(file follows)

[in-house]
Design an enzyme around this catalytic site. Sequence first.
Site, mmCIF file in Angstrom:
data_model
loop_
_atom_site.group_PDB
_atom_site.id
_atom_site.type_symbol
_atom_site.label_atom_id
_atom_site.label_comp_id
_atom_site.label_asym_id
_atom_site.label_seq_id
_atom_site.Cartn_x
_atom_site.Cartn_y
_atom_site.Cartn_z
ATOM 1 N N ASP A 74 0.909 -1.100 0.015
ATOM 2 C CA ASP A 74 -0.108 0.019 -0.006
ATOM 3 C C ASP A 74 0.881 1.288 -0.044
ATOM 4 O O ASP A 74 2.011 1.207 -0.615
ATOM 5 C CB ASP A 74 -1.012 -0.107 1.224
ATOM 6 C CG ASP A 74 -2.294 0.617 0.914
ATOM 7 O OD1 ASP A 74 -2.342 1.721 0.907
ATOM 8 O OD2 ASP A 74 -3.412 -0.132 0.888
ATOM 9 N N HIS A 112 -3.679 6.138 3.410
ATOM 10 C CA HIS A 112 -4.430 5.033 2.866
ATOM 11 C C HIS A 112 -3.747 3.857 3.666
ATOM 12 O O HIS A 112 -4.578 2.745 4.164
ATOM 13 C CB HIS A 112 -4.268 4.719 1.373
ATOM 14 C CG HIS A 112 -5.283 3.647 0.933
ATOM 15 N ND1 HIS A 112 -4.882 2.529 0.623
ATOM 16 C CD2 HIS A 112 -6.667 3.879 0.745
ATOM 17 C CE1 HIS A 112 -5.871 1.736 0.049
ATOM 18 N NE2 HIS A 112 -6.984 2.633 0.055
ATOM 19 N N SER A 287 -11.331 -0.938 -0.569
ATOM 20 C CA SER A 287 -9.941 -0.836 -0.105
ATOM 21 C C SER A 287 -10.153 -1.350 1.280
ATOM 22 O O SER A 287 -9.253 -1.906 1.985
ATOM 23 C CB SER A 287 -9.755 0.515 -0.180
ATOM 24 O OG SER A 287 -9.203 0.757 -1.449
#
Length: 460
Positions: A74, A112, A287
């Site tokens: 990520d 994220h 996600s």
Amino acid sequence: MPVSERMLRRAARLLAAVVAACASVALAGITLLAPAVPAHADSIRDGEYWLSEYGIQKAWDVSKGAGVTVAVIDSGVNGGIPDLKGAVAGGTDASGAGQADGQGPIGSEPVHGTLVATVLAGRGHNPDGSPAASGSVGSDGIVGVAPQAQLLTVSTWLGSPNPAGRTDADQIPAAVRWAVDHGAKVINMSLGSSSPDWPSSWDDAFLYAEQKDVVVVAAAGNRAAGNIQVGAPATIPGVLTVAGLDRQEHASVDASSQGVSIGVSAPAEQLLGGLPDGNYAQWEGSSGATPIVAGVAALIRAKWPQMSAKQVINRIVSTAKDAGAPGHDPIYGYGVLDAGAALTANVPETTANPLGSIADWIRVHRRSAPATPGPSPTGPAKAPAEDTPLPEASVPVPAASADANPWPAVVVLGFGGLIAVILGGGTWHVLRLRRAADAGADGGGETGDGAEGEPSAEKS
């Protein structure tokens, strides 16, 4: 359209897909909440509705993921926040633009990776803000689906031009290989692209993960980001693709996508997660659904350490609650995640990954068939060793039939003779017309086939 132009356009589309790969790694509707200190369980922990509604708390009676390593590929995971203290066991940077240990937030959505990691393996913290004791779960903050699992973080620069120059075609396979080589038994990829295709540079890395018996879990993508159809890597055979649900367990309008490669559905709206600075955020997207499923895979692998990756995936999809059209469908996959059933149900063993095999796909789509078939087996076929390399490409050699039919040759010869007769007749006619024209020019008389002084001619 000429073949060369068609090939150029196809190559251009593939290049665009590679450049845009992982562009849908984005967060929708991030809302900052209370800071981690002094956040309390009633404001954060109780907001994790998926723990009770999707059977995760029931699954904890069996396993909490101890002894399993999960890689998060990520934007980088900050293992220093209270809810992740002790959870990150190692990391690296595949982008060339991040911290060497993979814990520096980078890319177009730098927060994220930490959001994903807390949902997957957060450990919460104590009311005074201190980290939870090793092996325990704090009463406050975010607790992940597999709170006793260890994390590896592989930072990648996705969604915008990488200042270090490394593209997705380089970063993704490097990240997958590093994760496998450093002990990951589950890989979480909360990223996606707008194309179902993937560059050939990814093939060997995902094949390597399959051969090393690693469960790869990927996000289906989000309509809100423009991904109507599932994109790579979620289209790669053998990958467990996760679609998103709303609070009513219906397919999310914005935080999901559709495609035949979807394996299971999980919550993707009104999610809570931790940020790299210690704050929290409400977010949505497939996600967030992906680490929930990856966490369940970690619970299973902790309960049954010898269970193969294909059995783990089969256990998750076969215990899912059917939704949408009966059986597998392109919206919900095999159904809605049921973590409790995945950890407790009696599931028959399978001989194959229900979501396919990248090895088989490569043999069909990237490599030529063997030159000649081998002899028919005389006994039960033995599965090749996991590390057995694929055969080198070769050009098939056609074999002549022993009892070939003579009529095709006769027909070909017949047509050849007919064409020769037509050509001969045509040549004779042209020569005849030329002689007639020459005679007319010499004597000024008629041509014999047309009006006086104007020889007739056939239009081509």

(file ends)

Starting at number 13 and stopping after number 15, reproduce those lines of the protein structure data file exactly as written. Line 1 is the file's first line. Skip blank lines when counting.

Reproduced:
_atom_site.Cartn_x
_atom_site.Cartn_y
_atom_site.Cartn_z